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We have to be ready to show up and march again

By Lindsey Peterson  —
People, women especially, gathered Jan. 21 to march. We held signs that said women’s rights are human rights, and no human is illegal, and build friendships not walls.
We moved our bodies along the trails for the march, the path, chanting, “The people united will never be defeated.” We leaned on our friends’ shoulders when we were tired emotionally, physically. Friends packed us survival swag – goodie bags of nuts and dried fruit, tissues, hand sanitizer, a graham cracker.
In Boston, we sang songs on the T: “Let your little light shine, shine shine…” We cheered when leaders speaking at microphones put their passion and fire and life force into words that you knew they meant, words like, “We will not stop fighting/America does not need to become great again, America is great/our diversity make us strong, makes us America/equal rights are equal rights/ we will not stop/our bodies, the earth, one another…”
On Jan. 21, hundreds of thousands of people — that’s a tremendous number — gathered with our bodies and our aches and pains and our songs and weakness. We gathered with our signs and differences, the causes we are passionate about already and the things we do not yet see and need to learn, and we held hands. We smushed into one another, so close, closer than we ever are on a normal day, closer than we are to strangers usually ever.
The reverend who opened us with some words at the beginning asked us to look into the eyes of a stranger near us, and, without words, communicate to them, “I see you, I care for you, I am with you.” And what happens after and during a day like Jan. 21 is that you start realizing that it’s true — we are connected, and we can really see one another, and we do care for the stranger and we are really with one another. These are incredible things to realize.
Thing is and this is not something I can understand. But it is so that these things — the reality of a connection between us all, the reality of a love that passes all understanding but which is in our tender care, the reality of our need of one another — when they are spoken of, when people claim the power of our lives and our voices to demand that policies of labor, health care, immigration, economics — the landscape of our daily lives — are shaped in such a way that most of all reflects this deep care for and need of one another — when we do that, people get mad. Some people who have power that is based not in love but in fear, they perceive our deeper down wisdom as scary. They try to quiet the beautiful noise we are making. They try to hush or disappear the public and the economic, legal, health policies we are working to enact and enforce which will help us to care for one another.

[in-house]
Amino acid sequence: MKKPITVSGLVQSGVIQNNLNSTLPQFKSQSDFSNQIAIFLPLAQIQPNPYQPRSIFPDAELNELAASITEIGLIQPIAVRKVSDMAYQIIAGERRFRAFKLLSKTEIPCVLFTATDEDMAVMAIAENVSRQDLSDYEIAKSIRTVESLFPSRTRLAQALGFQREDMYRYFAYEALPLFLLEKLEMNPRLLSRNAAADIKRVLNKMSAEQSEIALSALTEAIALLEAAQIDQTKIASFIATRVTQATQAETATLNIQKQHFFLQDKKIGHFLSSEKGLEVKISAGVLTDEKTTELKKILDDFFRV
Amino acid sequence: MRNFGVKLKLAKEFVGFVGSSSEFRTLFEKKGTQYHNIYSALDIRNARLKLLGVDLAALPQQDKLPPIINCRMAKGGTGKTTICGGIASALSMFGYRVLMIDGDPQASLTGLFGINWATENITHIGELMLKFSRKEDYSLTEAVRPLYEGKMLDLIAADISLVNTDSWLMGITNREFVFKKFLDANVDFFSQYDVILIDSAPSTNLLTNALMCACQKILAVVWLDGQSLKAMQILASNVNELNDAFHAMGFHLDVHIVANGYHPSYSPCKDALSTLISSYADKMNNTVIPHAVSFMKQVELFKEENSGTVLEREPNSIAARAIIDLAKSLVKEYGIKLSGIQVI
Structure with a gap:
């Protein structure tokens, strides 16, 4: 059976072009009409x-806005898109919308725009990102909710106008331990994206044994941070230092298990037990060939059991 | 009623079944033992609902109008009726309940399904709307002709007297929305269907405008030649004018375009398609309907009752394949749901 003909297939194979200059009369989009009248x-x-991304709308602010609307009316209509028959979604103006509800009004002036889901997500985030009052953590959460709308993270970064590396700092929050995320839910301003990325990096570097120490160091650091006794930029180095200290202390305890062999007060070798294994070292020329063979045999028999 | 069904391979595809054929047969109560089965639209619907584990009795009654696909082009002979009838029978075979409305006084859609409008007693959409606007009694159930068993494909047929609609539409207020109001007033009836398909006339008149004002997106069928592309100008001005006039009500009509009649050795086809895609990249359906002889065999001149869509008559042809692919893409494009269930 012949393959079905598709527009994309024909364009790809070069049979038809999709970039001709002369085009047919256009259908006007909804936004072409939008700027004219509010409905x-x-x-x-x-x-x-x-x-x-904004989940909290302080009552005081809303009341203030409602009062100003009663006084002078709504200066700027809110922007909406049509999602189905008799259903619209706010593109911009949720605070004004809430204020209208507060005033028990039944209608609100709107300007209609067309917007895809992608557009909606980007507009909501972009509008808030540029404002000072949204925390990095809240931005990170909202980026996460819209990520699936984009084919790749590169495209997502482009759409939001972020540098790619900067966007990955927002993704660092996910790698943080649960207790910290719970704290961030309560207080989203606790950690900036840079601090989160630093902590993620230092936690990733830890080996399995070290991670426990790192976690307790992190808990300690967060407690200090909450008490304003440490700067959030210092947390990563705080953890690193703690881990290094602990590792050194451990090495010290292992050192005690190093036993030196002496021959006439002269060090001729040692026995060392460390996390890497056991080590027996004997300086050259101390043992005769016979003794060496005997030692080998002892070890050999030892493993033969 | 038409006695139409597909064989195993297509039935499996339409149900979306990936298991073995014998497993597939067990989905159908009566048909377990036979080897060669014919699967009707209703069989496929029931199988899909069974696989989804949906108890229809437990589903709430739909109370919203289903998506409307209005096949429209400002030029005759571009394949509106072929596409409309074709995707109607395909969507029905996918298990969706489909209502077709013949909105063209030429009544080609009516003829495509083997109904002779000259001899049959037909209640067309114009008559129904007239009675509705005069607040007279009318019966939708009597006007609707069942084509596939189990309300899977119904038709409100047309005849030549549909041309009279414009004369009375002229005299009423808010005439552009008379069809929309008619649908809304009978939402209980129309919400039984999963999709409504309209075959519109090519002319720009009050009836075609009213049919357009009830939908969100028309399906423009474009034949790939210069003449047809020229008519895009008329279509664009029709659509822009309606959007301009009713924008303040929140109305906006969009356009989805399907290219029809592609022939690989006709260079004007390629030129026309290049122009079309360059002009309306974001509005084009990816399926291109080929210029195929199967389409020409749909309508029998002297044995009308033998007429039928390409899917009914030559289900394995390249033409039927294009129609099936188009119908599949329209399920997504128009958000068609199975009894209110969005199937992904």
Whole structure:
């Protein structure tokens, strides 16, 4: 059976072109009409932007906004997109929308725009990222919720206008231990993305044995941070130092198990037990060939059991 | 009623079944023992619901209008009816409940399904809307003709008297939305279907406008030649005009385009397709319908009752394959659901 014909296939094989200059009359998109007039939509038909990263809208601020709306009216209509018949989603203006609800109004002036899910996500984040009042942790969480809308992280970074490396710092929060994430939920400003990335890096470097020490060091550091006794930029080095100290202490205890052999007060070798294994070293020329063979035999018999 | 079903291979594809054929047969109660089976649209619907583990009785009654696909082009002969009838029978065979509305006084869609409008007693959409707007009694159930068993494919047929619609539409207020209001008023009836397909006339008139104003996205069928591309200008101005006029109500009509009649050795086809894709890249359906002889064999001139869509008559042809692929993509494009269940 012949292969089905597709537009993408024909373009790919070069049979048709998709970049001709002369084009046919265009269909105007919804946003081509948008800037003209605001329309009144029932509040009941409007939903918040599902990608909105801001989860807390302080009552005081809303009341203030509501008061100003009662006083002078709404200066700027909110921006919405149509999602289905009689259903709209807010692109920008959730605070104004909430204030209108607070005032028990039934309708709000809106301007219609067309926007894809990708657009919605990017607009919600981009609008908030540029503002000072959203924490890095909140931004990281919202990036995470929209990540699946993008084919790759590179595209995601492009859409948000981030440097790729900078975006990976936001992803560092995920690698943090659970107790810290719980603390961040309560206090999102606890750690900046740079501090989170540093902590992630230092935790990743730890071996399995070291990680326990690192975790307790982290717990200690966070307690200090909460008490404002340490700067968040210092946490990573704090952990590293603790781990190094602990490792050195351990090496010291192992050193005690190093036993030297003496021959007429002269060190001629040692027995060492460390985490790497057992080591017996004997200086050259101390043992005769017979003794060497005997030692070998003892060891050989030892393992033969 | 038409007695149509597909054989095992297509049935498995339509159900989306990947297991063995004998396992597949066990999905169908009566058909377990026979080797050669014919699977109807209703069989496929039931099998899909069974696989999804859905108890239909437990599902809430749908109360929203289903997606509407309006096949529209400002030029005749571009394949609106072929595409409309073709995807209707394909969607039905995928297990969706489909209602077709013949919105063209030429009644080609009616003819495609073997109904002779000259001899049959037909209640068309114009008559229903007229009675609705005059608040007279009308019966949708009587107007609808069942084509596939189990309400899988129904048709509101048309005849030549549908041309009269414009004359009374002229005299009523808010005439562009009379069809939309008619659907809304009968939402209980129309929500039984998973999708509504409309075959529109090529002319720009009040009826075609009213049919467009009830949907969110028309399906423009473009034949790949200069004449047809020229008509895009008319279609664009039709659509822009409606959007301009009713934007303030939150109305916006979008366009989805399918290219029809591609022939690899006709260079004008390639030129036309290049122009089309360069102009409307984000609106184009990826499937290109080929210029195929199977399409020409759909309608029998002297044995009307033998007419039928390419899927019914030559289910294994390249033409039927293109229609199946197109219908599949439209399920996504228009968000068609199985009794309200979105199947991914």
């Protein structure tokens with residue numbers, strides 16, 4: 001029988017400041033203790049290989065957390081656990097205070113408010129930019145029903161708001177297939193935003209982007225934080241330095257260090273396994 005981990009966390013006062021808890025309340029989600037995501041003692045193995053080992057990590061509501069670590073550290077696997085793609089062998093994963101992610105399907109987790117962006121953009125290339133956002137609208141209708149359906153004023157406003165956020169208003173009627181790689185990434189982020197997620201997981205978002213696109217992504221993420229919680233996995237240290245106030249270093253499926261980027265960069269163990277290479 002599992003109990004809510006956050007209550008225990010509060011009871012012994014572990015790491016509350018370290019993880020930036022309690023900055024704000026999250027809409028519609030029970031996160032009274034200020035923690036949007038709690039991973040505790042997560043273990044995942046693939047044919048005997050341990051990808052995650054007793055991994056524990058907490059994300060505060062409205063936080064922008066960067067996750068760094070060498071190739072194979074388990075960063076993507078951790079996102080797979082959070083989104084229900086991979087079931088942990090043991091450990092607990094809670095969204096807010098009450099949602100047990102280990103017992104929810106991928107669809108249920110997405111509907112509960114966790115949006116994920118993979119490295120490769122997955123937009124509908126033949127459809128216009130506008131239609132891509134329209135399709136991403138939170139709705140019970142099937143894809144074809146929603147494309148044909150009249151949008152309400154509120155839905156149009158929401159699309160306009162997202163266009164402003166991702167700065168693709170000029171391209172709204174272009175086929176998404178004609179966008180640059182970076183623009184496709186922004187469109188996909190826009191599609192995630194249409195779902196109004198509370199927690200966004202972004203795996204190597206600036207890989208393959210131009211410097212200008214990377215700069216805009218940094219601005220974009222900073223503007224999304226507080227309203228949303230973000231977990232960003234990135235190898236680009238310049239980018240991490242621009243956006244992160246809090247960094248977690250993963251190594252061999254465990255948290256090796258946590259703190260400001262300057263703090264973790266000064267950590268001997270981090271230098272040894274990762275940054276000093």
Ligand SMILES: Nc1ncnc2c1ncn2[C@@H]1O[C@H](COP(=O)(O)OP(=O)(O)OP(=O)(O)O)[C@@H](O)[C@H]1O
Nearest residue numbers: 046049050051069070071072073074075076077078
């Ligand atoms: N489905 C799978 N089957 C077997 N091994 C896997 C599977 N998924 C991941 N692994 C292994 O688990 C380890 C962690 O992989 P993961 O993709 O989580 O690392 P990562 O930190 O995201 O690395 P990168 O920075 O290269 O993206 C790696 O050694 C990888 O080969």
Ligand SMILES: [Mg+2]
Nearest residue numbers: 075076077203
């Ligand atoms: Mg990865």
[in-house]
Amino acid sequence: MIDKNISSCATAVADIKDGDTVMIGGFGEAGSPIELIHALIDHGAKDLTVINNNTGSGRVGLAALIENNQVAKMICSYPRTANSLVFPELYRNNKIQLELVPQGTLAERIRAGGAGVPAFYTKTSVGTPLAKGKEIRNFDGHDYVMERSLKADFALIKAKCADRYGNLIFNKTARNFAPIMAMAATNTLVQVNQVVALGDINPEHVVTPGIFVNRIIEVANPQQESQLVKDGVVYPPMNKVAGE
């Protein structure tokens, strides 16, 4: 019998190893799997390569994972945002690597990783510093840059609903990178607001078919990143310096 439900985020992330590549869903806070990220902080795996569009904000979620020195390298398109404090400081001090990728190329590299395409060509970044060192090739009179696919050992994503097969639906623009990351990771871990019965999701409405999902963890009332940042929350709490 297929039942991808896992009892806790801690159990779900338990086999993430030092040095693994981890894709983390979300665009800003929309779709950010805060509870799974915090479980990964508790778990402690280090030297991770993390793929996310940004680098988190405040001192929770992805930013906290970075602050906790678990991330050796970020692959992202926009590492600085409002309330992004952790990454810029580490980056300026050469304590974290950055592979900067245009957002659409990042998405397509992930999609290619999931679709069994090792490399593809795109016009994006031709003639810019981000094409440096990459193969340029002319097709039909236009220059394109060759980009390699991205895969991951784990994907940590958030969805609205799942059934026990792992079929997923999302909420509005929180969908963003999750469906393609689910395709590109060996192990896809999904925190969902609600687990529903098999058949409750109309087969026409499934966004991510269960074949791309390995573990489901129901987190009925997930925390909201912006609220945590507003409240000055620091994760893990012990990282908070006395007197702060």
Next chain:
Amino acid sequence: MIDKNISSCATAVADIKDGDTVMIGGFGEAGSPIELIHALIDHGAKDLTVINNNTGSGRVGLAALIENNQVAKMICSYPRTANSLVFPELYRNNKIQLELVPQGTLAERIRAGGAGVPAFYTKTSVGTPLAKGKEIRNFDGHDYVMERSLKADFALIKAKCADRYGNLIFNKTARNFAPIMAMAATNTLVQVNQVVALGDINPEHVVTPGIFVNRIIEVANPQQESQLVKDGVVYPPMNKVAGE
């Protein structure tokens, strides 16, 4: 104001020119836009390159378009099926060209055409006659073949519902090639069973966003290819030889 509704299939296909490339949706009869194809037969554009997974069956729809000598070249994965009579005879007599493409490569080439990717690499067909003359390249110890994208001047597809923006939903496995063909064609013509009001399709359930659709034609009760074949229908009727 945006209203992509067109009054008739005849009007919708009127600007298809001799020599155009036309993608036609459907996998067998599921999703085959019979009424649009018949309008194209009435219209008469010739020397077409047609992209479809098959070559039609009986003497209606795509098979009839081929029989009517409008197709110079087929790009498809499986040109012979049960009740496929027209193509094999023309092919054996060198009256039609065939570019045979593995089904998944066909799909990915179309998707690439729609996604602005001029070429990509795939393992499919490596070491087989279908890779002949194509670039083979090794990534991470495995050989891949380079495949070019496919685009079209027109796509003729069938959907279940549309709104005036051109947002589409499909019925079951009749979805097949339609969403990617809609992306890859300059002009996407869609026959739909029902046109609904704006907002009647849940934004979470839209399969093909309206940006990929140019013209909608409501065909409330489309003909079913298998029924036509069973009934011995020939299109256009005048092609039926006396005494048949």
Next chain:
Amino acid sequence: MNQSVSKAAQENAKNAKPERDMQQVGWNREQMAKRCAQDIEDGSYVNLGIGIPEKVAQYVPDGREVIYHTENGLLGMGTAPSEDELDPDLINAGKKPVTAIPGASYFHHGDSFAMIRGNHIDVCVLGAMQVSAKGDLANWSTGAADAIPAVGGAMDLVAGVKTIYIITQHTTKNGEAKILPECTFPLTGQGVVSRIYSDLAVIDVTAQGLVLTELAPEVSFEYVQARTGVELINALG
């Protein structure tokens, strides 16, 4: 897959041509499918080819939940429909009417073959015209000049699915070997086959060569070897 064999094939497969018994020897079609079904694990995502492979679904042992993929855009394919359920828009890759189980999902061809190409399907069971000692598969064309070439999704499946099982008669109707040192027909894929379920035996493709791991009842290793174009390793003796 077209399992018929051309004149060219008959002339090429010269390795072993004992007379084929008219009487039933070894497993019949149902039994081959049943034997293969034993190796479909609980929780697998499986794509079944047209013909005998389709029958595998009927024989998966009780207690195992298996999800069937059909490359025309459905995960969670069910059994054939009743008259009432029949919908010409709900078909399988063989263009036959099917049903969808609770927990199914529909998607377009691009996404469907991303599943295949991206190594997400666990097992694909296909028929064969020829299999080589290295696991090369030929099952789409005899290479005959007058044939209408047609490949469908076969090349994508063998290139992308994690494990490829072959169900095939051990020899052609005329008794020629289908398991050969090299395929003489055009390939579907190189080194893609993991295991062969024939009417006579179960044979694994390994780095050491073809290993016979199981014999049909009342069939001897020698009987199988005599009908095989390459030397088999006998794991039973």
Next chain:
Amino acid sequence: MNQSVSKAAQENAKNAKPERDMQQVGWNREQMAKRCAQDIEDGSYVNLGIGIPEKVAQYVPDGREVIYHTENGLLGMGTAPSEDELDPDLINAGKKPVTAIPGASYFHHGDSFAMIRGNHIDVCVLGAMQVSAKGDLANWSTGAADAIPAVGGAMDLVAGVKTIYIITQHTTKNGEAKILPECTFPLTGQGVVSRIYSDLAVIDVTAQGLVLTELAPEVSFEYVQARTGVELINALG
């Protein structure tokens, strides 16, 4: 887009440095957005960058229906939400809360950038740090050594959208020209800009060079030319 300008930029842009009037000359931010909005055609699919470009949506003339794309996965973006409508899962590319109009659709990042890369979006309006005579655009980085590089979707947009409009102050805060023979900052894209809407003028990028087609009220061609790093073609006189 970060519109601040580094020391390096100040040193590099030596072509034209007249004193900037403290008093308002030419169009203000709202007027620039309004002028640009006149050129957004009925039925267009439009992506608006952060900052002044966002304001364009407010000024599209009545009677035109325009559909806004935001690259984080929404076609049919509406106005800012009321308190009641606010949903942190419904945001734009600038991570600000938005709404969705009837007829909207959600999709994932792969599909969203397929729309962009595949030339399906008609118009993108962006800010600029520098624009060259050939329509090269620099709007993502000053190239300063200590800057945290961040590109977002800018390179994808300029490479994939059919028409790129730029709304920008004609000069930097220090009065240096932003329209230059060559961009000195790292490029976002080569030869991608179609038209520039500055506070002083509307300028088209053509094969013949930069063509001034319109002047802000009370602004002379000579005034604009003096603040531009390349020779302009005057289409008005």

On Jan. 21, hundreds of thousands of marched. It was a big, beautiful, bold day. We exercised muscles of voice, body, and community that for many of us had grown a bit weak.
What’s really, really tricky though now, what’s really, really important though now, is that we decide to keep showing up for the workout. Tomorrow we have to show up and march again. What I mean by that is that tomorrow we have to wake up and choose to see the stranger in our midst, to realize not only that we care for them, that we are one with them, we are with them.
We have to wake up and choose to put our voices, bodies, breath, time, energy, intelligence, innocence, curiosity, awe, wonder, love — all that big power — into the service of speaking and living what we know. What we know is that another kind of world is possible; the kind of world in which radical love is the root of all things. When we march we realize that radical love, while the most powerful force for life, grows based on our willingness to exercise it. Daily. And multiple times within each day.
Community is not an easy thing. It is not an already figured out thing. It is not just being nice. Friendship is not an easy thing. It is not an already figured out thing. It is not just being nice. Love is not an easy thing. It is not an already figured out thing. It is not just being nice.
And, and, and … We are made for the struggle for community. We thrive in the struggle of friendship. We flourish in the courage of love.

Lindsey Peterson, of Northampton, is transitional director of Children’s Church at Haydenville Congregational Church. She is creator of “The None & Some Project,” a podcast about people’s religious and spiritual lives. Thios piece appeared Feb. 1 in the Daily Hampshire Gazette.

 

 

 

 

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